Author(s): Holst O, Manelius A, Krahe M, Markl H, Raven N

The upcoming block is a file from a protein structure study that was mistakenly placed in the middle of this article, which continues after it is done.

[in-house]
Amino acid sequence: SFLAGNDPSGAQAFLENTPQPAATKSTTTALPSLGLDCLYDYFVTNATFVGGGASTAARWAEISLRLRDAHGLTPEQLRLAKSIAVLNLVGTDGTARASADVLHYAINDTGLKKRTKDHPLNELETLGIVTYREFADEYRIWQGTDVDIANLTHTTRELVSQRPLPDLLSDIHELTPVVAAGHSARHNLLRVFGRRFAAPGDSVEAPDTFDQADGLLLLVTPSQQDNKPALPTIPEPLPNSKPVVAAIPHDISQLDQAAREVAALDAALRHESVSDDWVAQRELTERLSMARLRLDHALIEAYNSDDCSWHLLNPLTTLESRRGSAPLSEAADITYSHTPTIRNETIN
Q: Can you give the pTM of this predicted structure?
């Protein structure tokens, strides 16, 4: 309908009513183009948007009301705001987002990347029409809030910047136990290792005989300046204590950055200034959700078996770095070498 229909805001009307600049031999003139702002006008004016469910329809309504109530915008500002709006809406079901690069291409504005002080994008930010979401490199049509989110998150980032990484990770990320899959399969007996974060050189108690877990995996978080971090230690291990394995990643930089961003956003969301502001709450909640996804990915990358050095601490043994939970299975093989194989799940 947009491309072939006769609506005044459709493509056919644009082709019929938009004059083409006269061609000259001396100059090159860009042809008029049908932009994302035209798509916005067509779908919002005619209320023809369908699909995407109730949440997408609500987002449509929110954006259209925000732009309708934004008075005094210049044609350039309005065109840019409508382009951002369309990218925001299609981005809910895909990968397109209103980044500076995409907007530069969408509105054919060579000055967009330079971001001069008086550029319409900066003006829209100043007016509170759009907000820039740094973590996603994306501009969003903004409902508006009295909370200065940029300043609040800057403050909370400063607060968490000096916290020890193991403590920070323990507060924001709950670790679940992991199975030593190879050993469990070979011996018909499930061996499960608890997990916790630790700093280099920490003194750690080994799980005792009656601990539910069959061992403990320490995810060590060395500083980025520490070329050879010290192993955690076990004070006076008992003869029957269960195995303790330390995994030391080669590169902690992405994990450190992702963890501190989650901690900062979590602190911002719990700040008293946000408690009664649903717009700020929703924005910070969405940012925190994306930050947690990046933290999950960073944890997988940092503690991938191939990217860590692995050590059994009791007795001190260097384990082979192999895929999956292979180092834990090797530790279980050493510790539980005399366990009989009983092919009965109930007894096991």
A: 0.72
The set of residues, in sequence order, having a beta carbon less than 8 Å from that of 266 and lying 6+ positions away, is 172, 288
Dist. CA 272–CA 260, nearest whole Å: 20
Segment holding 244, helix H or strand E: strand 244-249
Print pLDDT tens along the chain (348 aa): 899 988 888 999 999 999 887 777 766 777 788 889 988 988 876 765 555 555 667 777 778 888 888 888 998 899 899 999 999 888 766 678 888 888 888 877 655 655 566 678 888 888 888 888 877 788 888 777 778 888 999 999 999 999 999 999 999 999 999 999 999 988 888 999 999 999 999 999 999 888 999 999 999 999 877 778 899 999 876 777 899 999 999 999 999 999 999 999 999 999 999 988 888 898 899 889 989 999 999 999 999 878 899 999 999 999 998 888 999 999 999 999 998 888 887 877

Thermophilic microorganisms have been of great scientific interest for several decades, principally in regard to their biotechnological potential and also of the thermostable enzymes they produce. Optimal cultivation techniques for these organisms are required, therefore, not only for basic study but also for evaluation of their thermostable microbial products. Operating a fermentor at elevated temperatures may be advantageous in terms of increased solubility of substrates, improved mass transfer due to decreased viscosity, and increased diffusion rates. However, the cultivation of thermophiles also has many associated problems. A high cultivation temperature can give unexpected problems affecting the choice of reactor design and construction materials, and with the heating and cooling of the fermentor. Other problems may be caused by the low solubility of gases and the instability of substrates and other reagents used. Furthermore, high productivity requires high cell densities to be achieved and in many cases thermophiles are characterised by low growth rates, low growth yields and susceptibility to substrate and product inhibition at low concentrations. Different ways to circumvent some of these problems, such as using gas-lift fermentors, dialysis fermentors or cultivation with cell recycling are discussed.